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Aya believes in a whole host of folk lore, some of which (in FF) is admittedly based on reality, but she definitely prescribes to the veracity of almost all of it. She's not terribly well informed on the "revelations" of this expansion, and despite her hostility to Ishgardian Orthodoxy as an institution still holds most of its teachings to be truth. In other words, although nefarious inquisitors abused doctrine and the social iniquity of Ishgardian society for their own wicked ends, that in no way means that Heresy was any less dangerous than they claimed.

 

Her beliefs regarding the Dragonsong War are more in-line with that ghost, than with the adventurers the OP meta-gamed down. And she is deeply cynical about the supposed change in Ishgard (since to her mind they have not thrown out the bad with the good, but instead thrown out the good (the faith) while keeping the bad (the social structure that enabled the wickedness, and more specifically the individuals who compose it)). In the end, its probably all a draconic trick made possible through heretical agents, and the Fury will not be pleased.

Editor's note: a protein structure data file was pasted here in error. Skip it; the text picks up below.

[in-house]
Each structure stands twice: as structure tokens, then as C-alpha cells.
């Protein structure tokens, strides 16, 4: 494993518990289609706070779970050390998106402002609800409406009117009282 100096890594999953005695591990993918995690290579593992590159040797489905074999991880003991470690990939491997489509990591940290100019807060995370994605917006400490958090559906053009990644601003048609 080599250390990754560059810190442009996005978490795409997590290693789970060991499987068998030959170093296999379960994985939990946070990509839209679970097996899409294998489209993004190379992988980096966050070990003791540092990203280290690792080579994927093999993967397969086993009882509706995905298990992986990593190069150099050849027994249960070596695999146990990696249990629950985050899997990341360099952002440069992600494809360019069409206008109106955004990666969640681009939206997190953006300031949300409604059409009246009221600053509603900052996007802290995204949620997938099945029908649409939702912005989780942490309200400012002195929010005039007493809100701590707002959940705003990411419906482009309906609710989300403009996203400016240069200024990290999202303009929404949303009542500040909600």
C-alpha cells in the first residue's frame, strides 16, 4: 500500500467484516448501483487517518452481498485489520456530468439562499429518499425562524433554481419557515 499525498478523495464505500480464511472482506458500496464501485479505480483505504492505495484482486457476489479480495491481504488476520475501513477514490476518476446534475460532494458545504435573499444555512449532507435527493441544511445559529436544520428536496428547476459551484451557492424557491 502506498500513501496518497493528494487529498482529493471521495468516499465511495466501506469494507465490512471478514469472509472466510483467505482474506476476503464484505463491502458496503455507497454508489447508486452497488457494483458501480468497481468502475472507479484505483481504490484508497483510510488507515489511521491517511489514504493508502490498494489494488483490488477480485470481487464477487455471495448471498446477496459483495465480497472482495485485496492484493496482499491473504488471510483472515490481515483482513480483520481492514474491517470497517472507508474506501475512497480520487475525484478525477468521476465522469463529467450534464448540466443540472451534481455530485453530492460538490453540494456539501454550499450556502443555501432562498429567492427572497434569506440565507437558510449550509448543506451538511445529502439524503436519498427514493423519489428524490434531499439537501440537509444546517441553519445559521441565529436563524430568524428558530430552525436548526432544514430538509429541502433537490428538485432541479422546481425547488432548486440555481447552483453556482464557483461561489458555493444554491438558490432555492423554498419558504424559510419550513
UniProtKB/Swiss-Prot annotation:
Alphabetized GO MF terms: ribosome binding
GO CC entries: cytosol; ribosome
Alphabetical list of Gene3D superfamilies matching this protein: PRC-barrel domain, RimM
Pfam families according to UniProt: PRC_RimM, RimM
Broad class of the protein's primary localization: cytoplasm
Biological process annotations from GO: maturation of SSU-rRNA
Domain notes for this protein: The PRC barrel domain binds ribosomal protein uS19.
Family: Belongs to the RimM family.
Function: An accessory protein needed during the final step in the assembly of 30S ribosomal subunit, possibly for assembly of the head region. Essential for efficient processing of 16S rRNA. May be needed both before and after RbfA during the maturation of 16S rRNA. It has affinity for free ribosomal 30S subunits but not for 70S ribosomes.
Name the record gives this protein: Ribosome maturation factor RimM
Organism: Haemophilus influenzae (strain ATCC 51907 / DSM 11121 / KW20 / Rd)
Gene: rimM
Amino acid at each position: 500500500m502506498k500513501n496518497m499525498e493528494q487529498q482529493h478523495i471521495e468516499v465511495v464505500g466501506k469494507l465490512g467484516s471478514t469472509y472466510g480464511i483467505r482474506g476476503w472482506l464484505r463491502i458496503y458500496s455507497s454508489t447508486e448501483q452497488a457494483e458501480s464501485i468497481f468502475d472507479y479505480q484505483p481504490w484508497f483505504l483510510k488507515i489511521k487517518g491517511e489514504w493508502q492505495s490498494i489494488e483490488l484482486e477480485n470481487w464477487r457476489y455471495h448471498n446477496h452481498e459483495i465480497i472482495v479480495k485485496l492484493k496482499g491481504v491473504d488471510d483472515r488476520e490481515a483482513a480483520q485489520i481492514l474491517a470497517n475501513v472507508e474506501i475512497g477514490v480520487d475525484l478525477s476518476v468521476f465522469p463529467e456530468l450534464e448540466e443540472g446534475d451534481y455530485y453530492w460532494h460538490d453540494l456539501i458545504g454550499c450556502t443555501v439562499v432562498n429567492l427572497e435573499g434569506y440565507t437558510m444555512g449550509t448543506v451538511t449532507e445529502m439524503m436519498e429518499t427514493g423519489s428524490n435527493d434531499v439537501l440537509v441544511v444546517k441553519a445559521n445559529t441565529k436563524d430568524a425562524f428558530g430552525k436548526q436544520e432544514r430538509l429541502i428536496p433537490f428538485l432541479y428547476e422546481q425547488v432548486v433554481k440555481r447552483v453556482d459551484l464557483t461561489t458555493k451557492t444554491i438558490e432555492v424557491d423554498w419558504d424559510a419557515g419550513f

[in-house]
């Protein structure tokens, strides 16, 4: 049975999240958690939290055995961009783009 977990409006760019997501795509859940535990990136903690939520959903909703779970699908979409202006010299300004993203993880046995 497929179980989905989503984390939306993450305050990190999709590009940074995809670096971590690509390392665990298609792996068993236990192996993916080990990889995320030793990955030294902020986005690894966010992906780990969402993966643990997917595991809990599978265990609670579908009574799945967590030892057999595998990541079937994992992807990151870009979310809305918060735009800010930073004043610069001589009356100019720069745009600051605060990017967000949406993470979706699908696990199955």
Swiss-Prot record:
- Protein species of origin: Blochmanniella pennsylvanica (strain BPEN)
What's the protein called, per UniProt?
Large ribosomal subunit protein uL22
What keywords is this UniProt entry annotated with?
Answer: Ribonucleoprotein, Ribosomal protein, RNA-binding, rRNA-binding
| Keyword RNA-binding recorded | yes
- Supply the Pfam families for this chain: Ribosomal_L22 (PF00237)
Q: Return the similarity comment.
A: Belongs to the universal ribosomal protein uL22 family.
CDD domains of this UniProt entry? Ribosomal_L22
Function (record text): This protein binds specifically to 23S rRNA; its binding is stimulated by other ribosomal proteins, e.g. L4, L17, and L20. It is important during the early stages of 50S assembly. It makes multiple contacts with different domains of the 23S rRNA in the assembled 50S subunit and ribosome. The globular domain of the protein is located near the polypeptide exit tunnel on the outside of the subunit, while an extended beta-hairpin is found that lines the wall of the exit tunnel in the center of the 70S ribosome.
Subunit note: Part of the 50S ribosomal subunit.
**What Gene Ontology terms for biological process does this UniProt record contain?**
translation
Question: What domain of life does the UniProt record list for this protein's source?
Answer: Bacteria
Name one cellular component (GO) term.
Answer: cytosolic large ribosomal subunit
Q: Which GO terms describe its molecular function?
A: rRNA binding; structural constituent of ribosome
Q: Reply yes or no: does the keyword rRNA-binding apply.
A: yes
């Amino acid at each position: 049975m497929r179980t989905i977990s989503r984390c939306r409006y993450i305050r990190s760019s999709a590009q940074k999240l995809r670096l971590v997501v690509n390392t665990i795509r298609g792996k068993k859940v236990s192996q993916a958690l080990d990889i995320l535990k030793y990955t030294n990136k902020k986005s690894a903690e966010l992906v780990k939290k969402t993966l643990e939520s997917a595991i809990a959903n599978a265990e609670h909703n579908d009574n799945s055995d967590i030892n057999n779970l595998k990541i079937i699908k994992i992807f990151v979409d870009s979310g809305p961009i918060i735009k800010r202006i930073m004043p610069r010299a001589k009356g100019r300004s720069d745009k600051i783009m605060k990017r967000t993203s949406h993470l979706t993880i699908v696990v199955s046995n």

She also believes the Ala Mhigan resistance is a romantic but wasteful effort, another belief likely to be annihilated by an expansion :) Though she will gladly lend them her moral support: may they have courage, for their cause is just! It is just that we'd probably all be better off if we focused that energy on improving our lives in the rest of Eorzea.

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Osric has developed, over the course of nearly three years' worth of roleplay, from an agnostic to a non-practicing believer in some of the Twelve. Putting aside whether they ever actually existed, his mental image of them is that of the Archons associated with each... which we know for a certainty to be wrong. Many of his beliefs or suspicions are unorthodox (Nymeia is a cruel-hearted bitch, Llymlaen is a NOT a fickle mistress, Halone is an Ishgardian invention that borrows from Rhalgr and Byregot)... and he doesn't recognize the mother crystal. Any mention of Hydaelyn is met with open disbelief and mockery; the Echo he attributes to a rare naturally-occuring phenomenon rather than a gift from a specific deity.